• Kyodo, Staff Report


The U.S. military informed Okinawa Prefecture on Wednesday that it will resume training flights using HH-60G Pave Hawk rescue helicopters Friday after one of the choppers crashed at Camp Hansen on Okinawa Island on Aug. 5, claiming the life of a crewman.

The news immediately sparked criticism in Okinawa as the prefectural assembly had unanimously passed a resolution urging the U.S. military to suspend flights by other helicopters of the same type until the cause of the crash is determined.

The U.S. Air Force showed the media one of the choppers, with a mechanic saying no abnormalities had been found during a 96-hour check. But the air force also said it has yet to determine the cause of the Aug. 5 crash of an HH-60G in a mountainous area within U.S. Marine Corps Camp Hansen, about 2 km from a residential area.

Atsushi Toma, mayor of the village of Ginoza, which hosts part of the facility, told reporters, “We can hardly accept (a resumption of flights) before the cause is determined — it is unforgivable.”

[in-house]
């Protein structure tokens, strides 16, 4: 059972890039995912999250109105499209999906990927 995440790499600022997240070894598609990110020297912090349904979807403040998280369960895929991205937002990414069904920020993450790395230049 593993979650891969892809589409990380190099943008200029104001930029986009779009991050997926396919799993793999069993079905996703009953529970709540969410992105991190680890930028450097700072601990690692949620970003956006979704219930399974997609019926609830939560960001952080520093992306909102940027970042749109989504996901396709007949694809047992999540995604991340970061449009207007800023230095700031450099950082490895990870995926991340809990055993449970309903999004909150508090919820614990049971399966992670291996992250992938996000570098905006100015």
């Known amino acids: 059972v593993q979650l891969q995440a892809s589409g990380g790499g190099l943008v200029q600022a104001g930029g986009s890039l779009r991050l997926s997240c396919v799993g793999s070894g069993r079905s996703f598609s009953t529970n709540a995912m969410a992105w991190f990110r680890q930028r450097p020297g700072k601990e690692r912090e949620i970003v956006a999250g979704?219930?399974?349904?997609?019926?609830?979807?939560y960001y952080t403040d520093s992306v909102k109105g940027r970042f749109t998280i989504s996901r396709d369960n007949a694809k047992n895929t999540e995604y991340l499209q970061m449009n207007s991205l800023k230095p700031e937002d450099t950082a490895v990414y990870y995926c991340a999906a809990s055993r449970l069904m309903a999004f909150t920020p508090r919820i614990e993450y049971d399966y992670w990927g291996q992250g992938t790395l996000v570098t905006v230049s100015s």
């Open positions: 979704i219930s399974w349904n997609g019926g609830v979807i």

Okinawa citizens also expressed anger over the U.S. decision. A 53-year-old man said, “I can’t believe they are resuming (the flights) when a thorough investigation into the cause of the accident has yet to finish.”

He was among more than 100 protesters rallying in front of U.S. Marine Corps Air Station Futenma to protest the additional deployment of MV-22 tilt-rotor Osprey aircraft to the base.

One of four crew members aboard the HH-60G died in the crash. The U.S. military later identified him as Tech. Sgt. Mark Smith, 30, assigned to the 33rd Rescue Squadron at the Kadena base. Smith, originally from Bakersfield, California, joined the U.S. Air Force in 2000 after graduating from high school.

The U.S. military suspended Pave Hawk flights after the crash.

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